[paragraph continues] The beauty of the three colors in the verse: "Hear! oh, Israel, the Lord our God is one God" (Deut. vi. 4). The lower is copy or pattern of the higher. The unity above is expressed by a verse containing six words. Shema Israel, Jehovah, Alohenu, Jehovah, Achad.18b (Hear, Israel, Jehovah our God, Jehovah is one); the unity below, by the verse Mi, mdd, beshahuloi mim. "Who hath measured the waters in the hollow of his hand" (Is. xl. 12), both referring to one Being, the transcendently glorious equilibrator or adjustor, creator of the world, IHVH. Kadosh! Kadosh! Kadosh! (Holy! Holy! Holy!) "Let the waters be gathered together," or as it may be rendered: "let the waters become equilibrated and blended harmoniously together, then will the earth become filled with the glory of God and then will the dry land appear," i.e., the mystery of the divine unity expressed in the occult formula imparted to and made known only to initiated students and adepts of the secret doctrine, CHUZU BMUCHSO CHUZU.
And God said: "Let the earth bring forth grass, the herb yielding seed" (Gen. i. 11). When the waters had been thus brought into one place, or when the strife of the contending elements had subsided and ceased, then began the work of generation and procreation resulting in the appearance of created beings innumerable, delighting in the service of their Lord. This is expressed in the words: "He caused the grass to grow for the cattle" (Ps. civ. 14) on a thousand hills, for whose sustenance it shoots forth daily. By the word chatzir (grass) is denoted those angelic beings appointed and ordained to administer to the necessities of cattle and supply them with food. "And herb for the service of man" designates and refers to the ministering angels called Ophanim, Hayoth and Cherubim, whose special and peculiar mission and service is to aid and assist in the celebration of sacrifices and worship of the Creator, which constitutes the true service of man. Included under the sane terms are those spiritual beings whose study it is to supply the needs of those whose works are good and their worship acceptable to the divine Being, and also to look after their means and sustenance, as it is written: "To bring forth food out of the earth," which connotes the herb seeding seed (not seed of the grass) for the good and welfare of the world. All these various orders of spiritual beings by the divine prevision have been delegated for the service of humanity, that it may enjoy the greatest benefactions and blessings from on high.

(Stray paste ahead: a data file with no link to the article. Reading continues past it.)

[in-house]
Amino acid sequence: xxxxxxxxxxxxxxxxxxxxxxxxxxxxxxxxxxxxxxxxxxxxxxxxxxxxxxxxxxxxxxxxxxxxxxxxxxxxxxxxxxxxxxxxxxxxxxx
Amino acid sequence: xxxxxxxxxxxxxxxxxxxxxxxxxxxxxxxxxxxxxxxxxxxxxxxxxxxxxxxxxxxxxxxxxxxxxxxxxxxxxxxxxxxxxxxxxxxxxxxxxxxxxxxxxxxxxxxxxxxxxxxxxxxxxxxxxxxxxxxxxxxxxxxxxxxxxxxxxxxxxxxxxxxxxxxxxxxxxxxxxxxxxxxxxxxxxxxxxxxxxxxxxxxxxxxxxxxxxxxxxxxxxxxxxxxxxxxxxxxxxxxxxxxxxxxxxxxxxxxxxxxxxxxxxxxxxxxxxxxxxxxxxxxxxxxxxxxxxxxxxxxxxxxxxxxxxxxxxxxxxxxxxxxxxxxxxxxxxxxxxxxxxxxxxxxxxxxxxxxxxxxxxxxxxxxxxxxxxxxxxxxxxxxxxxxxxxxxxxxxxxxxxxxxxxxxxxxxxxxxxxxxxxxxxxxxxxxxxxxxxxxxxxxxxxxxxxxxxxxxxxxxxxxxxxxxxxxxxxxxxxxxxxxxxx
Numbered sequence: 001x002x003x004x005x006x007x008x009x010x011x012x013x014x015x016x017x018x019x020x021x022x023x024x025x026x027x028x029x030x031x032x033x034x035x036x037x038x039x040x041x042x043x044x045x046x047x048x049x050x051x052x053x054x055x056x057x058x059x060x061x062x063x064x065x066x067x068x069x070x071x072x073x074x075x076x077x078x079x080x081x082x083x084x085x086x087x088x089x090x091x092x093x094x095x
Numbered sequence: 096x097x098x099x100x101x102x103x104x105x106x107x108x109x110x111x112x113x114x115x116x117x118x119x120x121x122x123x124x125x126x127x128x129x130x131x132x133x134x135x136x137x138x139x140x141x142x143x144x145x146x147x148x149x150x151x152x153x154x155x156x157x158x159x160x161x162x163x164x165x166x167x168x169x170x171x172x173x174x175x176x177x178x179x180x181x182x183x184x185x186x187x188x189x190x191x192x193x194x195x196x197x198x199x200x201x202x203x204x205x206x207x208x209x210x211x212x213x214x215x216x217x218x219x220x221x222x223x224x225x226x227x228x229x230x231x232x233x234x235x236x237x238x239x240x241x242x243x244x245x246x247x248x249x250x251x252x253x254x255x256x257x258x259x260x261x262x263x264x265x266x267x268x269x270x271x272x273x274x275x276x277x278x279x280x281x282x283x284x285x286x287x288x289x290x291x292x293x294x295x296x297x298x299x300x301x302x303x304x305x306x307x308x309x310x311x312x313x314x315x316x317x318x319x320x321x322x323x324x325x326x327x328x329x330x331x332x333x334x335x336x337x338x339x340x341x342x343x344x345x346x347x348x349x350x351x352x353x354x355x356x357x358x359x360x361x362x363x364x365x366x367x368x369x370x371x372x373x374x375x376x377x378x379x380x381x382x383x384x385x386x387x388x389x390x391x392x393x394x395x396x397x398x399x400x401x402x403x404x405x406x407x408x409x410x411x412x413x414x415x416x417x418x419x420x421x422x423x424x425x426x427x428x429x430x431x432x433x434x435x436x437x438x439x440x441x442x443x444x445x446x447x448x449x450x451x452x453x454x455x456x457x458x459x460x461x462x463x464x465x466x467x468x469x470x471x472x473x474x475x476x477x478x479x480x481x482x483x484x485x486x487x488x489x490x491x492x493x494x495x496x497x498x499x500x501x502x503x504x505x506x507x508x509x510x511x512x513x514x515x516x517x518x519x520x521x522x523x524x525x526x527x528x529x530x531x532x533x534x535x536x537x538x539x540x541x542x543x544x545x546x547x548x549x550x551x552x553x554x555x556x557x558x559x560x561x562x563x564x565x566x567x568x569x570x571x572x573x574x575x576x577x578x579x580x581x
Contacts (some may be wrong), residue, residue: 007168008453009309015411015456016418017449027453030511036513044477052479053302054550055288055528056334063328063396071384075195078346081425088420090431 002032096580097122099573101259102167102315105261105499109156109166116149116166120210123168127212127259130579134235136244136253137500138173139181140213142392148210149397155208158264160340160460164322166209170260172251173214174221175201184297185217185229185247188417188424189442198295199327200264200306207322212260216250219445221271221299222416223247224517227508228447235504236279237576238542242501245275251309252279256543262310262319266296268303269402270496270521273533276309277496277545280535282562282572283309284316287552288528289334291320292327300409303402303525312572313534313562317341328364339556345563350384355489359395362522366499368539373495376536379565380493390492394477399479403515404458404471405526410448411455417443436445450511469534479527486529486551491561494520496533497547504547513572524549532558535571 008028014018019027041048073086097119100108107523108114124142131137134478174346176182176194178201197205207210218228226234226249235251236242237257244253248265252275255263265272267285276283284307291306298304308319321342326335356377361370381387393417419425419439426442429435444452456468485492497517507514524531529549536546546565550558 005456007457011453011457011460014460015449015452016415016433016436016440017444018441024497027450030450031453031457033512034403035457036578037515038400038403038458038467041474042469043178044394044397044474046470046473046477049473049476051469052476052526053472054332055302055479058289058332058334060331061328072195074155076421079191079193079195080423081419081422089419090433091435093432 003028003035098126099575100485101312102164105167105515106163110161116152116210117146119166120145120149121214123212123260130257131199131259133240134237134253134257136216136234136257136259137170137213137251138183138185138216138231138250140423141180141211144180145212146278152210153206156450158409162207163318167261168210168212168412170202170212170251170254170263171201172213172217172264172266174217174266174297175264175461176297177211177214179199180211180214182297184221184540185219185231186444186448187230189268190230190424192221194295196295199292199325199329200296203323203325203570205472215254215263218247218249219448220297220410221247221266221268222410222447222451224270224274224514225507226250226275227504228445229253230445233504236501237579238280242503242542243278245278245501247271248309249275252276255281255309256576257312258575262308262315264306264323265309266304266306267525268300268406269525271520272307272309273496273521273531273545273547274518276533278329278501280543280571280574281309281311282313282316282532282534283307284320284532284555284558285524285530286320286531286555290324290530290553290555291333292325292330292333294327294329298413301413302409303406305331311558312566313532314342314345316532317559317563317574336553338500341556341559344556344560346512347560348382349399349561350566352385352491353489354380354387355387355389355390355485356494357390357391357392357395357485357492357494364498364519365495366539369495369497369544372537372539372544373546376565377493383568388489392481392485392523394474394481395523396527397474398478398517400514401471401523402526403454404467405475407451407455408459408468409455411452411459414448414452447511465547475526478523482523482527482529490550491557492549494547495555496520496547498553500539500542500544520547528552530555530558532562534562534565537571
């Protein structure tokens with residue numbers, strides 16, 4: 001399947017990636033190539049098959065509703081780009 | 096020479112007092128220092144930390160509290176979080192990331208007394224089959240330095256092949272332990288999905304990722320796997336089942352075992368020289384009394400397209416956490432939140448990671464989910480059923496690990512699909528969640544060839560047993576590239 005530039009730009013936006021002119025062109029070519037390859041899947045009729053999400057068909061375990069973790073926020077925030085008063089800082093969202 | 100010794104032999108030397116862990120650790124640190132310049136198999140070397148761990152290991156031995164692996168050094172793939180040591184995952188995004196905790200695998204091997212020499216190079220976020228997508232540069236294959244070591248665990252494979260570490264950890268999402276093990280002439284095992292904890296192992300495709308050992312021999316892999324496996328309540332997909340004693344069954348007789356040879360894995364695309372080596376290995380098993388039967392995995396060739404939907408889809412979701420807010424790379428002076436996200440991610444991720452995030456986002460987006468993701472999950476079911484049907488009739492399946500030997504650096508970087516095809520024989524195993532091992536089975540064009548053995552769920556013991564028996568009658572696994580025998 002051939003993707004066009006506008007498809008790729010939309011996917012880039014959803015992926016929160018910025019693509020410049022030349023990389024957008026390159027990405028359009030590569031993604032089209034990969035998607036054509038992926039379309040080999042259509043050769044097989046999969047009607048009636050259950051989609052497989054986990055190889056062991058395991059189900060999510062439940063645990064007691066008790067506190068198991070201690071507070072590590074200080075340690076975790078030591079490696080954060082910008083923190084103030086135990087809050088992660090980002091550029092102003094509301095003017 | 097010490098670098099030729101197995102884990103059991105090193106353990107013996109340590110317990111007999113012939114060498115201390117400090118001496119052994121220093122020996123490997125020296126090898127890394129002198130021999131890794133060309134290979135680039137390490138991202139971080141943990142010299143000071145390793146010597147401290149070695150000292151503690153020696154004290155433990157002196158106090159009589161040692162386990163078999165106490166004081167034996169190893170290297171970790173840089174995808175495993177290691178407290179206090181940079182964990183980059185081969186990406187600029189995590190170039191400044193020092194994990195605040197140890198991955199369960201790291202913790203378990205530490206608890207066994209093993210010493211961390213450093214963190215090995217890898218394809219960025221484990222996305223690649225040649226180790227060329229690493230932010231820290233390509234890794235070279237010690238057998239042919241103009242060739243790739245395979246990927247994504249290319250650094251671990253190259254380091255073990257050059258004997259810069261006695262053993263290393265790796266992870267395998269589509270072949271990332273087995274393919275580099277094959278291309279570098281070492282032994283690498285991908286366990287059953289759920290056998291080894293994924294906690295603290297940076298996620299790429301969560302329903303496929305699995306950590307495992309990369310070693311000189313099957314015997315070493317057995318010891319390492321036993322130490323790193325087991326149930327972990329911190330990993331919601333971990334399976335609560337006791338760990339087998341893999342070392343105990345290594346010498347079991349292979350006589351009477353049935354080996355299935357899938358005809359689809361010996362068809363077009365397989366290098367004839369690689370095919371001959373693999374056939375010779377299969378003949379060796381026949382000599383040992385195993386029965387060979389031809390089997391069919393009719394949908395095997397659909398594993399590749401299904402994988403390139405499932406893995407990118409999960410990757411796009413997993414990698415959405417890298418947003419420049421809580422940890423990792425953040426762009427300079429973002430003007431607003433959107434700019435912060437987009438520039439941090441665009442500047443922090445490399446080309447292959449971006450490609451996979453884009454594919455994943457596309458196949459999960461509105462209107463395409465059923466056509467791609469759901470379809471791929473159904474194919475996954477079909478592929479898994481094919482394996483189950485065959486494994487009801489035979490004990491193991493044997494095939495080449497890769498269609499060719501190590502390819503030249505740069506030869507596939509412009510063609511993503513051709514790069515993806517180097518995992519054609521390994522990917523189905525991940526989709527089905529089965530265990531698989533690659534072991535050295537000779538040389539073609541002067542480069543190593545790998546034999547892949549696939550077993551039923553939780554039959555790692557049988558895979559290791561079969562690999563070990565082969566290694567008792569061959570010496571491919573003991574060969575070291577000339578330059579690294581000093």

"And the fruit tree yielding fruit" (Gen. i. 11). The word18b-19a fruit here repeated twice indicates the male and female sexes, for as one tree is fructified by another tree, so is the female made prolific by the male. Who amongst these angels then were male and female! They are those called cherubim and thimroth. Who and what are the thimroth? They are angelic beings who are present in the incense of burnt offerings and are therefore called thimroth aschan (columns of smoke) and are thus helpers to man in his worship. "Yielding fruit," that is to say, angels in male and female forms resembling human beings with this special difference, they are of majestic form and noble countenance, whilst the cherubim are smaller in stature and of frailer build. Scripture saith of them, "they have the figure of a man," which is the synthesis of all figures and forms, because bearing the impress of the Holy Name whose four letters correspond to and symbolize the four quarters of the world, North, South, East and West. Michael is stationed at the north and the faces of all the angelic hosts are directed towards him as being their chief. Scripture further states, they have the forms of a man, a lion, an ox and an eagle. By the face of a man is meant the face of the male and female blended into one. This form of the human figure is that which is graven on the heavenly chariot 1 surrounded with myriads of angelic beings, as it is written: "The chariot of God is encompassed about with thousands upon thousands of shinan (angelic beings)" (Ps. lxviii. 18), by which word is meant the four differing figures and features of the angels. The first letter of it, Sh, is the initial of the word shor or ox; the second letter, N, is the initial of nesher, an eagle; whilst the third letter, A, is the initial of aryeh, a lion; and the fourth letter is N, final; thus symbolizing the form of a man that stands erect and is always understood to include both the male and female figure. All the myriads upon myriads of angelic beings spoken of by